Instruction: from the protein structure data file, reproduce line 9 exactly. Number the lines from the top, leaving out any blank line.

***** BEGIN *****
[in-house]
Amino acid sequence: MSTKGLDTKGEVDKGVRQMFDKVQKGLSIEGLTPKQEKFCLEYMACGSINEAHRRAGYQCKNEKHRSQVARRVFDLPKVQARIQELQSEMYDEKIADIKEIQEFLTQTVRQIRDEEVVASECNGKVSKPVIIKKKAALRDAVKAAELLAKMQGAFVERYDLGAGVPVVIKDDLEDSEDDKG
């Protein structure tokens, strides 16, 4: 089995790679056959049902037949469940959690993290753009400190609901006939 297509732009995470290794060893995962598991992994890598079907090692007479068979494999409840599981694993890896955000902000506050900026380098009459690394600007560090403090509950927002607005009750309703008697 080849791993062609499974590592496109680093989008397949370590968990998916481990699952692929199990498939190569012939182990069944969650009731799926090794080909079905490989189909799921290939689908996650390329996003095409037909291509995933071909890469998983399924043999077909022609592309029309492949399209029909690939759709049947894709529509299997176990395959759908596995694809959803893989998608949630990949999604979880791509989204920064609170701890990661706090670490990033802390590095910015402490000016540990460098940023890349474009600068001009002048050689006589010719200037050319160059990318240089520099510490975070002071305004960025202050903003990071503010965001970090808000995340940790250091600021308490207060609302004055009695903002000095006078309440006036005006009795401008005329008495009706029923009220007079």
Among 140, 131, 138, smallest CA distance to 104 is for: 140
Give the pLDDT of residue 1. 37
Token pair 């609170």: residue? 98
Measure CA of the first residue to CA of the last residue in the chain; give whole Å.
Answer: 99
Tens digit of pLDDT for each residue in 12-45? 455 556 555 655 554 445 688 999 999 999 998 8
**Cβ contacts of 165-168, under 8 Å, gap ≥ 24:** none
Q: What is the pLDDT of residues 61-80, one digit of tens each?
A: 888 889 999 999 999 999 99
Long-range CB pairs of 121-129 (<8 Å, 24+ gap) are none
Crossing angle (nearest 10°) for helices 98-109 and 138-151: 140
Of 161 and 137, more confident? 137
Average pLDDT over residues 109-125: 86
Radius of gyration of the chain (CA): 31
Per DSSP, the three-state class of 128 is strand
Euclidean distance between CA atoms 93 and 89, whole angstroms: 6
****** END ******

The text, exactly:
Tens digit of pLDDT for each residue in 12-45? 455 556 555 655 554 445 688 999 999 999 998 8